Due to circumstances outside of my control, I was away from the internet and most games this weekend (other than my trusty old DS Lite). While I was sitting in an airport terminal, waiting for our flight to board, a copy of the New York Times – Dead Tree Edition – happened its way across my lap. On the front page of the Business section, I saw an article about Slim Jim’s marketing strategy. It was presented without irony.
I implore you to read the entire thing, since it’s all painful. There’s an associated commercial on YouTube, but I’d rather not link it myself since it’s not so popular so far and I don’t really want to give Slim Jim the hits and satisfaction. But please do read the article.
Okay. I know. There’s nothing new there. And yet there’s so much to unpack here. It’s a horrible, tangled web of cultural assumptions about manhood, about food, and of course about video games.
Our culture has some weirdly gendered notions about food. Just for starters: some foods are for women and some are for men. Chocolate, diet soda = coded female; beef, beer = coded male. It’s okay for women to want “man foods,” like a drippy Carl’s Jr. burger, as long as they are attractive women. Of course a fat woman eating manly food (or any food, or doing anything) is disgusting. Cosmetics are marketed to women as an alternative to fatty food (described as “whipped, delicious”). If marketers decide to sell diet soda to men for a change, they have to emphasize that women are not allowed to drink that particular diet soda, lest men who drink it feel “girly” and devalued.
I actually eat a lot of dried meat, though not Slim Jim. I’m anemic, like lots of women, and, I’m on a low-carb diet, like lots of women. Those two factors make beef jerky a reasonable grab-and-go snack choice for me, giving me nutrients I need without crap I don’t. But beef jerky is not marketed to me. It is “man food.”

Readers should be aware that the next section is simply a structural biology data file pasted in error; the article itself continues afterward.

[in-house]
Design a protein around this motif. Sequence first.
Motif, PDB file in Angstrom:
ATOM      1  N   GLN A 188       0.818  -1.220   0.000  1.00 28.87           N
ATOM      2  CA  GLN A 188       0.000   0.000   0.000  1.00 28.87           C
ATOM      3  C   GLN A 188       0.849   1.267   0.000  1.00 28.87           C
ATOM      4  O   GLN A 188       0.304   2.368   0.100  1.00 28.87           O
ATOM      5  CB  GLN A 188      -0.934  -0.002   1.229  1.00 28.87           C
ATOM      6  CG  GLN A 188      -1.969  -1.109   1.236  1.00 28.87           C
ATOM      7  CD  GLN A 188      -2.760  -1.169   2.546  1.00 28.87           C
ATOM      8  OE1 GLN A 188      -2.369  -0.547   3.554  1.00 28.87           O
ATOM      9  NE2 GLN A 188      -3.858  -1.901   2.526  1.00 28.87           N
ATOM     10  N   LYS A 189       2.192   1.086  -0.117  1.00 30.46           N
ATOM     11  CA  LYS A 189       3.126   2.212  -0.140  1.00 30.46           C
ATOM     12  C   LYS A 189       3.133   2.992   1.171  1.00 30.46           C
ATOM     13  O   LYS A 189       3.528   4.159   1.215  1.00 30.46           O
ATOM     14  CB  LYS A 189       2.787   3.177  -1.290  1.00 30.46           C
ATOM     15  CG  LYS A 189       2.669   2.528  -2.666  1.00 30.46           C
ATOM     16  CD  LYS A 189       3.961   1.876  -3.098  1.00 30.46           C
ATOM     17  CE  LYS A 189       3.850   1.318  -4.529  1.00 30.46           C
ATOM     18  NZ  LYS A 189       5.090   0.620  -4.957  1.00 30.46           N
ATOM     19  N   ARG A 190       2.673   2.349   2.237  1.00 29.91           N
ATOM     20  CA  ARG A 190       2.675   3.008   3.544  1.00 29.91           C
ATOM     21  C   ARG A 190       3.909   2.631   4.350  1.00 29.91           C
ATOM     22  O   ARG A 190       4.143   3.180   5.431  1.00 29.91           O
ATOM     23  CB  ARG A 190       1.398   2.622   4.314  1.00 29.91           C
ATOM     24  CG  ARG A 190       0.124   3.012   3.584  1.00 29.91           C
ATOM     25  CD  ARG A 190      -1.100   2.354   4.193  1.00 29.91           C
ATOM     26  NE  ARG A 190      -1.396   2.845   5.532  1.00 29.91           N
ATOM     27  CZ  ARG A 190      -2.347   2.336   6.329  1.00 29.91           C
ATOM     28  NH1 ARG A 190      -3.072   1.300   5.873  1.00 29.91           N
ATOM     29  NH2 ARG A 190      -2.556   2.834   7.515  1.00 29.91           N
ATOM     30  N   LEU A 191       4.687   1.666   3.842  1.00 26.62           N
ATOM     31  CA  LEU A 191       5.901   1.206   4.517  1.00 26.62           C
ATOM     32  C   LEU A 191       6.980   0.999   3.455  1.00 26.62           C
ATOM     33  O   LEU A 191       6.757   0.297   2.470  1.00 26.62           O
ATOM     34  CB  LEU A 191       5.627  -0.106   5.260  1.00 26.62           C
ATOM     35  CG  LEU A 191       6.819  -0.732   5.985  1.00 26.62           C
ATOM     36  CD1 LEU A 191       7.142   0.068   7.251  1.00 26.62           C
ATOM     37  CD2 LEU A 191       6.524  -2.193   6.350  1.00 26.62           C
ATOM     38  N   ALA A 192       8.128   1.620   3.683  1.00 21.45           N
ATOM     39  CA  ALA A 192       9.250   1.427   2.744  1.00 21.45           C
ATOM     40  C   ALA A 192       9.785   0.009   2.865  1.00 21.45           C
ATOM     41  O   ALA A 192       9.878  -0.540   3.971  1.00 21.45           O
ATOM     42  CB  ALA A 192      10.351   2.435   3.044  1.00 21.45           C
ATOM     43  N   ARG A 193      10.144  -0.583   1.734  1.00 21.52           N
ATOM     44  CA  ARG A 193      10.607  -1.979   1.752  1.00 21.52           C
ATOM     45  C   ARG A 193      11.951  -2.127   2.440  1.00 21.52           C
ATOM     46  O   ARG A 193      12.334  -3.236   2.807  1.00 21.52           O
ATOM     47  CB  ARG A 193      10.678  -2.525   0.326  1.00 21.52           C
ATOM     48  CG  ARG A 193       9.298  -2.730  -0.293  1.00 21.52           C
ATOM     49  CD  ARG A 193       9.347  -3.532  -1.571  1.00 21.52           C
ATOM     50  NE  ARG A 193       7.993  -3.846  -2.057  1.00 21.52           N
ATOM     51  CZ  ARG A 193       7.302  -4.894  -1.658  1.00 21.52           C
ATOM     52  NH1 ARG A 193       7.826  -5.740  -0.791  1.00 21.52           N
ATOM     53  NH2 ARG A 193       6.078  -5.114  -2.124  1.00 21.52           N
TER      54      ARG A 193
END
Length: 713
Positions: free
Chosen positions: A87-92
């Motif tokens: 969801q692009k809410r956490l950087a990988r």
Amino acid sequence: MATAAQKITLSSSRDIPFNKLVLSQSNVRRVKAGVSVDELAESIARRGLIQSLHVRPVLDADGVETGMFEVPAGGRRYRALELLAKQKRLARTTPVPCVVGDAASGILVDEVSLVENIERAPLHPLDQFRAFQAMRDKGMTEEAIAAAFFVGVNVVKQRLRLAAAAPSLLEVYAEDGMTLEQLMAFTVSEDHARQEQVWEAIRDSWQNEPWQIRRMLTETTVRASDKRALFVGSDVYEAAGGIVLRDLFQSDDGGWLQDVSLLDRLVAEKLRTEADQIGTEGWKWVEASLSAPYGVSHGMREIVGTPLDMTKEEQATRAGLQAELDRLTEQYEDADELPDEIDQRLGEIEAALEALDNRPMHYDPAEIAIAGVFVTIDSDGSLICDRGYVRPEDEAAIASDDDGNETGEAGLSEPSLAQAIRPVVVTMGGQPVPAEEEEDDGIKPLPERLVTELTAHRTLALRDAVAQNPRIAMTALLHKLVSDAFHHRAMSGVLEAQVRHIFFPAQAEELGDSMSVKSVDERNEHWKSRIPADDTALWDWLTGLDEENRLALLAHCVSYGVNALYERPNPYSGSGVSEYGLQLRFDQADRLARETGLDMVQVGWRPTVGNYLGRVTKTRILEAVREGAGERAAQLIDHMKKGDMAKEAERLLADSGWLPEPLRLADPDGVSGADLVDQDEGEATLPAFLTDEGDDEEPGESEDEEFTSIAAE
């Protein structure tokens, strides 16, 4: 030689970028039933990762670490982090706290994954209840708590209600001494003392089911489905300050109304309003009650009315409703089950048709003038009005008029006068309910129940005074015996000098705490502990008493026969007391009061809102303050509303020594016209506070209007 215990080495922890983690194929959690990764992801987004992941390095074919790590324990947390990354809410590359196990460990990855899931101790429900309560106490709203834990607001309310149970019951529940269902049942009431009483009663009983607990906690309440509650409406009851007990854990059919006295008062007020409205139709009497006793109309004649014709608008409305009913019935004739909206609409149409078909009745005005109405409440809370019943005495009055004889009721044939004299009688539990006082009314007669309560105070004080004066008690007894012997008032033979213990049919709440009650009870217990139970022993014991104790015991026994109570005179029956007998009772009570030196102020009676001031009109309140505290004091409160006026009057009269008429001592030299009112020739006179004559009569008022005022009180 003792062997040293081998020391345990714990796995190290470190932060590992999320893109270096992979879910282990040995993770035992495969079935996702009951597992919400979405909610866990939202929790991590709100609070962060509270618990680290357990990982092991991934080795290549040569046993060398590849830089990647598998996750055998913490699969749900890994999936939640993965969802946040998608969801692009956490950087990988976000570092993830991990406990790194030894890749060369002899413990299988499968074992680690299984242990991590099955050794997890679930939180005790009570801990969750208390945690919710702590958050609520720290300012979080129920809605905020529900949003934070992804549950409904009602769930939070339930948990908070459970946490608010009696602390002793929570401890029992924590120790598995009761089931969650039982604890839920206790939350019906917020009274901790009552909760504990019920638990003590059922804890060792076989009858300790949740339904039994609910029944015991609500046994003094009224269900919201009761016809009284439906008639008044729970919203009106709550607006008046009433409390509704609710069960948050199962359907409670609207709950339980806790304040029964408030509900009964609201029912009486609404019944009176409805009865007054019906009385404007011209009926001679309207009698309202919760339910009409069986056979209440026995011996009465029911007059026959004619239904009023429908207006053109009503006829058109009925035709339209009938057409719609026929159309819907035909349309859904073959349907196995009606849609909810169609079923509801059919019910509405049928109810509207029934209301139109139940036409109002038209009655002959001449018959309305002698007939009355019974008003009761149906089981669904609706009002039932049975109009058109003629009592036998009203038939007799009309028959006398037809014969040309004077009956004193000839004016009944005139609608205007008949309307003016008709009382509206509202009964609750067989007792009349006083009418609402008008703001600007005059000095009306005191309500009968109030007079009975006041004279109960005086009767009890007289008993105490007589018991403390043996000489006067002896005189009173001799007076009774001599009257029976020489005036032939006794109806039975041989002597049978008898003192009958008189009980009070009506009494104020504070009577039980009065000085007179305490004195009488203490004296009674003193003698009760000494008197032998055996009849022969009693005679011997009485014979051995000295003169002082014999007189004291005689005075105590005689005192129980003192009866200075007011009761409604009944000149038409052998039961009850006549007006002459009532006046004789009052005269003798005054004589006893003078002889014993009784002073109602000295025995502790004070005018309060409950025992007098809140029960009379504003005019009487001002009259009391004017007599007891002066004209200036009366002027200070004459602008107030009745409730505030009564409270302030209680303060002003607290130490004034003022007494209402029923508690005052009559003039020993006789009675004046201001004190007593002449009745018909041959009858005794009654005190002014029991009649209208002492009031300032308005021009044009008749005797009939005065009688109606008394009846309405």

Well, wait… it’s not man food. It’s boy food, because, as a man gets older, his “snacking regimen diversifies.” Now it seems to me that one good way to sell more jerky would be to open up the jerky market. Married men, and even women, might enjoy jerky: the portability, the flavor, the health benefits (!). But this is why I’m obviously not a marketer. The trick isn’t to say it’s okay for men and women to enjoy jerky. The trick is to explain to men why they should remain boys for longer so they can eat more jerky.
Enter video games! “That bastion of boyhood.” Video games are certainly not for women in the world of Slim Jim (or even in this section of the Times). But, like Slim Jim, they are not even for men, who have dirty, filthy grown-up lives and responsbilities! And video games are about “avoiding the grown up thing.” Dead Space 3: ’cause it’s for kids! I mean, obviously not kids – it’s M-rated and we don’t want to actually market to kids – let me backpedal that – it’s for “bros”! They need their “brolectrolytes”! And EA is more than okay with this! “It’s good for the game and good for the brand,” says author David Vinjamuri. Someone who disagreed could apparently not be found by the Times before print deadline.
I mean, I disagree, obviously. That put me in my angry place. But I’m just a consumer.
So, like I said, this is old hat. This is the same mentality that causes booth babe galleries, the Spike TV game awards coverage, and other circular-logic poison that keeps shoving video games into the cultural ghetto. And I am so exhausted by it, and this article is a perfect little example of how this treatment of the medium can be totally taken for granted as part of the video game culture conversation.
I don’t expect anything from Slim Jim. Slim Jim doesn’t want my business. But EA – and the New York Times – should try to do better.
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